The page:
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Decades of data have revealed the Antarctic Circumpolar Current (ACC), the only ocean current that encircles the entire globe, has started flowing faster.
The ACC wraps around Antarctica and is a barrier between the tepid subtropical waters north of it and the cool waters to the south, helping keep temperatures low near the frozen continent.
The subtropical waters above the ACC have absorbed significant amounts of heat over the past few decades. In fact, over 90 per cent of the excess heat in the atmosphere created by greenhouse gases has been absorbed and stored in oceans since the 1970s.
The Southern Ocean, which is where part of the ACC flows through, has absorbed particularly high amounts of this extra atmospheric heat. Scientists have noticed that the additional heat is increasing the temperature difference between the two areas of water the current separates, which is causing it to flow at a faster rate.
During a SOCCOM expedition on the R/V Nathaniel B. Palmer, a scientist watches as a large wave enters the Baltic Room, where the operations crew deploys and recovers equipment. She is strapped into a safety line and is waiting for a moment to safely perform the task at hand. (SOCCOM Project/ Greta Shum)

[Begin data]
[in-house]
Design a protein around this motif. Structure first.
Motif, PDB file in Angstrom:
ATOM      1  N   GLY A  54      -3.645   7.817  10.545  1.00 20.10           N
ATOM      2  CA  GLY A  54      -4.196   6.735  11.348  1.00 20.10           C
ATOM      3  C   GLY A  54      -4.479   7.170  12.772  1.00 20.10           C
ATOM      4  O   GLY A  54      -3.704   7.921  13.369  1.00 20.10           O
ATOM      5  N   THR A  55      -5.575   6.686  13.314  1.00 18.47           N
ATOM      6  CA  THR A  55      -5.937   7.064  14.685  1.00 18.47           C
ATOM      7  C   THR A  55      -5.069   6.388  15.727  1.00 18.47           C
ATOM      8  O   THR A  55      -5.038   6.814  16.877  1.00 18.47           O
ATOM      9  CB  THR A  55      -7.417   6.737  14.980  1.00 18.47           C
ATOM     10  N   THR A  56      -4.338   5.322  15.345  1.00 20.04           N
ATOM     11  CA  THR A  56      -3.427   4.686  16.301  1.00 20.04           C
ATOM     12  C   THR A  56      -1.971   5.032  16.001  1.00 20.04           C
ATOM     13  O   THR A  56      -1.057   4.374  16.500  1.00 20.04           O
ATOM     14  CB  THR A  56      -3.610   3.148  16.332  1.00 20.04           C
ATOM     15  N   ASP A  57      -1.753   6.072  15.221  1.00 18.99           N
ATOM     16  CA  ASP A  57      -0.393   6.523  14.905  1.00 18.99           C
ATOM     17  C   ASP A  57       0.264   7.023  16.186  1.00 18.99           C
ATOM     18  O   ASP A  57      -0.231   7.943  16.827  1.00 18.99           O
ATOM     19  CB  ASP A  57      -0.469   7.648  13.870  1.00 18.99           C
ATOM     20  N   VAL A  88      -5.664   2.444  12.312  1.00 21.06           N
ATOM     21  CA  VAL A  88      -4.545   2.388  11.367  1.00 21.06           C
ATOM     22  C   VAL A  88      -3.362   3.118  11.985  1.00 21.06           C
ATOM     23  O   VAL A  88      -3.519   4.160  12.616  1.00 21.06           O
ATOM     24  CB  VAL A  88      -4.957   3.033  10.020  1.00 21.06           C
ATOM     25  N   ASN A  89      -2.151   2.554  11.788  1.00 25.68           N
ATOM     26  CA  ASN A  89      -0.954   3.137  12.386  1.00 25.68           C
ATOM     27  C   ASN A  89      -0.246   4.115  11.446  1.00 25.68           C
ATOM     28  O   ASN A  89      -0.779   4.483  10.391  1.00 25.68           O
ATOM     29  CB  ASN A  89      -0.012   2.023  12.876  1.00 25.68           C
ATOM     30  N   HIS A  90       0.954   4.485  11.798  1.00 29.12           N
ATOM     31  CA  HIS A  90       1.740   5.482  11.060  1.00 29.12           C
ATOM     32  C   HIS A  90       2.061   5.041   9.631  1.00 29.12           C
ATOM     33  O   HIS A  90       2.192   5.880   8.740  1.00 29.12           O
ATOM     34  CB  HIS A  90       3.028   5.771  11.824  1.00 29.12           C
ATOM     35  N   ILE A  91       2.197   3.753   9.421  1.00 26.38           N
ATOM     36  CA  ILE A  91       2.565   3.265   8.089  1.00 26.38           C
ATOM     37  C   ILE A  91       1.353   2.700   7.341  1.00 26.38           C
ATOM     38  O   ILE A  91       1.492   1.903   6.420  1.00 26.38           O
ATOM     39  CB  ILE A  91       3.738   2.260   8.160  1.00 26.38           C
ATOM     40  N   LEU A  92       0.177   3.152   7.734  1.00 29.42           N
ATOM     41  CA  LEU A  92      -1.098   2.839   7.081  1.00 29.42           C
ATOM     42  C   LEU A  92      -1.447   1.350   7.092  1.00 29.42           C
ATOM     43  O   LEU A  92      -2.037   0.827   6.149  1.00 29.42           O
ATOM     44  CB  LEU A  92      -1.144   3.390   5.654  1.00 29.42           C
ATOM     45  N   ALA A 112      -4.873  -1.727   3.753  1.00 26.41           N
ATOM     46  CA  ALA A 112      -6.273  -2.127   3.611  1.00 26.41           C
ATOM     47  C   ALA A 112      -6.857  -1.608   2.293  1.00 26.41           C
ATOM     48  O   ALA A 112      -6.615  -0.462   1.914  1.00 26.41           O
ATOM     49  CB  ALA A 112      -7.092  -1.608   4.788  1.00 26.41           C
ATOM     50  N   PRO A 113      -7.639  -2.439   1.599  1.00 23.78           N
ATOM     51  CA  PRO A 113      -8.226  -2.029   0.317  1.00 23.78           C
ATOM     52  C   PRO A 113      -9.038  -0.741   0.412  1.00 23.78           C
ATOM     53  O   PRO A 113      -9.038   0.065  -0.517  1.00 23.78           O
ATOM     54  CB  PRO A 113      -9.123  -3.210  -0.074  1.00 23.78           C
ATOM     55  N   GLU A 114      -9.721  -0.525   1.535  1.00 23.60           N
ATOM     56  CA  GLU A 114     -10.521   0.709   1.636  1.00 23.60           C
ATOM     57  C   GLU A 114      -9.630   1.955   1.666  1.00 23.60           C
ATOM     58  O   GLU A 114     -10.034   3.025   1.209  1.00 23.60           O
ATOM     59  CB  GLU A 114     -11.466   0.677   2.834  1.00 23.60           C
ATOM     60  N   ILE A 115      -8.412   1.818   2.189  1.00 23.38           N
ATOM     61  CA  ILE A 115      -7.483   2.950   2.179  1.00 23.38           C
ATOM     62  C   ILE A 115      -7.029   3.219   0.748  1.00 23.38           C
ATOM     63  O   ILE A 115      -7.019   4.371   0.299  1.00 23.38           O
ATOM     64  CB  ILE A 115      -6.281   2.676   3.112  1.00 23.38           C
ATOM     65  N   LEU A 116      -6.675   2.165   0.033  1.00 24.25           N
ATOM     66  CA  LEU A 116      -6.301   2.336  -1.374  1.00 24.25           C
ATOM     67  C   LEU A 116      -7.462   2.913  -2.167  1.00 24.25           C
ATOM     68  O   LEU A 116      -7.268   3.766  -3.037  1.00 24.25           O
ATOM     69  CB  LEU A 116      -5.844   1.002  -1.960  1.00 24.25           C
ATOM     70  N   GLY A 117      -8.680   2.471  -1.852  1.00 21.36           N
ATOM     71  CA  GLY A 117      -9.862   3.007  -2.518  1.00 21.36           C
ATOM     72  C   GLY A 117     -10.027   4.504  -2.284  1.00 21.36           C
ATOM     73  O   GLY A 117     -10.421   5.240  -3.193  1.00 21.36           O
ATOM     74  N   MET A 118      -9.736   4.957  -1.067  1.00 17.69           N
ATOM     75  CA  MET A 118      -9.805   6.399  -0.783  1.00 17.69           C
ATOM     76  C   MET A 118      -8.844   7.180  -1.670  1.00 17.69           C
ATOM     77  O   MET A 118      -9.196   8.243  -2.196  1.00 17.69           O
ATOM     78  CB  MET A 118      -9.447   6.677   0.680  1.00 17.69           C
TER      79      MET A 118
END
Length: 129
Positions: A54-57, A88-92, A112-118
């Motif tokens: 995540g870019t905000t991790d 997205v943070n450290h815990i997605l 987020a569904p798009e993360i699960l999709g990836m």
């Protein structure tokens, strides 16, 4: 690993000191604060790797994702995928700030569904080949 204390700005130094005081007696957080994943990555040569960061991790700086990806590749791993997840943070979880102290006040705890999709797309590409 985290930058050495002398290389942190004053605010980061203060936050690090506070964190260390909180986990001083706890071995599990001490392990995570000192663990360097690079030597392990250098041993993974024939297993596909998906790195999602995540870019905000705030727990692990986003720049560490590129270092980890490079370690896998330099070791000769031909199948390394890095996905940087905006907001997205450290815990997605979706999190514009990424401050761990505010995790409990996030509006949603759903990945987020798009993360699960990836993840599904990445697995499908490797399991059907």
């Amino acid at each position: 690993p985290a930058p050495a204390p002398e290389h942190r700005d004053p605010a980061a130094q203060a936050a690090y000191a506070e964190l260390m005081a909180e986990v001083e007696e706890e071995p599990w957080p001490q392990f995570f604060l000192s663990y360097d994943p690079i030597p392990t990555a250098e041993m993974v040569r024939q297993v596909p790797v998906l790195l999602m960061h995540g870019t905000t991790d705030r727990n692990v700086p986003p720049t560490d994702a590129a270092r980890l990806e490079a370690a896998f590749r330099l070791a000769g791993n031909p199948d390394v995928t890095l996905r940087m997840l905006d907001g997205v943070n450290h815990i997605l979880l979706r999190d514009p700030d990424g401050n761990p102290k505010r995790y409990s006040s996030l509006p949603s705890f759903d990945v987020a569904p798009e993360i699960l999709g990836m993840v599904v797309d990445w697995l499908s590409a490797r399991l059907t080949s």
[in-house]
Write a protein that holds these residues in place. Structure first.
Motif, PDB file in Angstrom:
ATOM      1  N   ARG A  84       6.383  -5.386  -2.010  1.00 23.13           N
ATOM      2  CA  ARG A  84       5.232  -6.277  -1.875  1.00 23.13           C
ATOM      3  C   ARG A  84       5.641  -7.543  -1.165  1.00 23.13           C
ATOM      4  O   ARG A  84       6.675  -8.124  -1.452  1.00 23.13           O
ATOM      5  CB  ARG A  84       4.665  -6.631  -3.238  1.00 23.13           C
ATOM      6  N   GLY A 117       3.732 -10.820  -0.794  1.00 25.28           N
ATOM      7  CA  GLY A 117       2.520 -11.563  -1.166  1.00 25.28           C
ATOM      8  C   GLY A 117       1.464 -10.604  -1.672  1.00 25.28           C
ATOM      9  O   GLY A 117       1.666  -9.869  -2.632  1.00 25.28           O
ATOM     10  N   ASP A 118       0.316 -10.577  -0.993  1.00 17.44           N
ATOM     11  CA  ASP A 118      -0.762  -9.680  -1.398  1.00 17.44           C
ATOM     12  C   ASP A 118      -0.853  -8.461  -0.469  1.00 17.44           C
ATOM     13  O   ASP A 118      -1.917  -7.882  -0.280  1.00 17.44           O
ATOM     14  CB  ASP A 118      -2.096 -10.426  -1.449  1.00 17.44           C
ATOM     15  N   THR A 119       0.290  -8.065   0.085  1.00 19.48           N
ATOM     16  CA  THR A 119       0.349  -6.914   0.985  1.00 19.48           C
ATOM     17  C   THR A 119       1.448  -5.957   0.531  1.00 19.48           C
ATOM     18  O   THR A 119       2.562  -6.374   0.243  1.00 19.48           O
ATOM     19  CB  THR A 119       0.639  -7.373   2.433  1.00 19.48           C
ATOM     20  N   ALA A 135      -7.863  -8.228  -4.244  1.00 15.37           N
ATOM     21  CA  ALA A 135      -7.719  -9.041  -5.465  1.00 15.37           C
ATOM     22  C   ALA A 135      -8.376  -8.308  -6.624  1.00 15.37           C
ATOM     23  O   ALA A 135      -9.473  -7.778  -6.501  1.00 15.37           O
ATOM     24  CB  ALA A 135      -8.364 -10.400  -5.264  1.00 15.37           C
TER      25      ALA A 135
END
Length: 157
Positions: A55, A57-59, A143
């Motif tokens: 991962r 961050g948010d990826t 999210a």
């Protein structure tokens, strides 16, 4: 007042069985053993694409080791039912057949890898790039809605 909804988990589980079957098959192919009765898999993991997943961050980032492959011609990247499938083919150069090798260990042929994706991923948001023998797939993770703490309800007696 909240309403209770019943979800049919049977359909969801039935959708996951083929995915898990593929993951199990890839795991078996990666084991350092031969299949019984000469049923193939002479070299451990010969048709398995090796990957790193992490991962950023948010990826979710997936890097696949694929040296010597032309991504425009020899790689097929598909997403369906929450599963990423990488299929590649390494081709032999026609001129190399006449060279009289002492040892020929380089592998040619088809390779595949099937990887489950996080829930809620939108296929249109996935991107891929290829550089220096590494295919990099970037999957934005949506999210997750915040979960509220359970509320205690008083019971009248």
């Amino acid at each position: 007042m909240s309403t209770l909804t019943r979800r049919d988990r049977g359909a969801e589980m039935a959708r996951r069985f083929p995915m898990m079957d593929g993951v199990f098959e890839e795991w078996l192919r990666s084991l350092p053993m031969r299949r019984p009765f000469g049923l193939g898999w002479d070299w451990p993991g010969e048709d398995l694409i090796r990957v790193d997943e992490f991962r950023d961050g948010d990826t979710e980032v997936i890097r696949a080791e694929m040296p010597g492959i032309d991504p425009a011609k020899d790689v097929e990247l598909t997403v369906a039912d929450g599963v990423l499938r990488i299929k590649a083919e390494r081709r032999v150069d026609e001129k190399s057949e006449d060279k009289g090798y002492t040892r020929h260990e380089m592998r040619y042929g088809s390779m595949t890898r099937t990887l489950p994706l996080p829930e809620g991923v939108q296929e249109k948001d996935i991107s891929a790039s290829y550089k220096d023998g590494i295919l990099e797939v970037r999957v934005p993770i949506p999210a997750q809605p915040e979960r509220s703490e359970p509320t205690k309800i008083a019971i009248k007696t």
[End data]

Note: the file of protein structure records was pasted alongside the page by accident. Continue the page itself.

The study, published in Nature Climate Change, used data satellites and Argo, which is a network of floating robotic instruments that record ocean conditions like temperature and salinity. There are currently 4,000 floats scattered across the world’s oceans that are collecting data.
Warming global temperatures have also been affecting prevailing westerly winds and causing them to energize ocean eddies, which are smaller, circular currents of water, near the ACC. However, these winds are playing less of a role in the ACC’s flow rate than the scientists initially suspected.
Scientists recording oceanic data near Antarctica. (SOCCOM Project/ Melissa Miller)
“The ACC is mostly driven by wind, but we show that changes in its speed are surprisingly mostly due to changes in the heat gradient,” said co-author Lynne Talley, a physical oceanographer at Scripps Oceanography, in the study’s press release.
“From both observations and models, we find that the ocean heat change is causing the significant ocean current acceleration detected during recent decades,” said Jia-Rui Shi, study contributor and postdoctoral researcher at Woods Hole Oceanographic Institution.
Between 2003-2019 Antarctica’s ice sheet lost an average of 118 gigatons of ice each year, making this continent one of the fastest-changing landscapes on Earth. Warming ocean temperatures exacerbate the melting that ice sheets are experiencing because they thaw the base of glaciers and enhance their breakage.
Global impacts are also possible if this region continues to warm abnormally fast since all the ocean currents act as a conveyor belt that circulates heat, nutrients, and carbon around the planet.
Thumbnail credit: SOCCOM Project/ Hannah Zanowski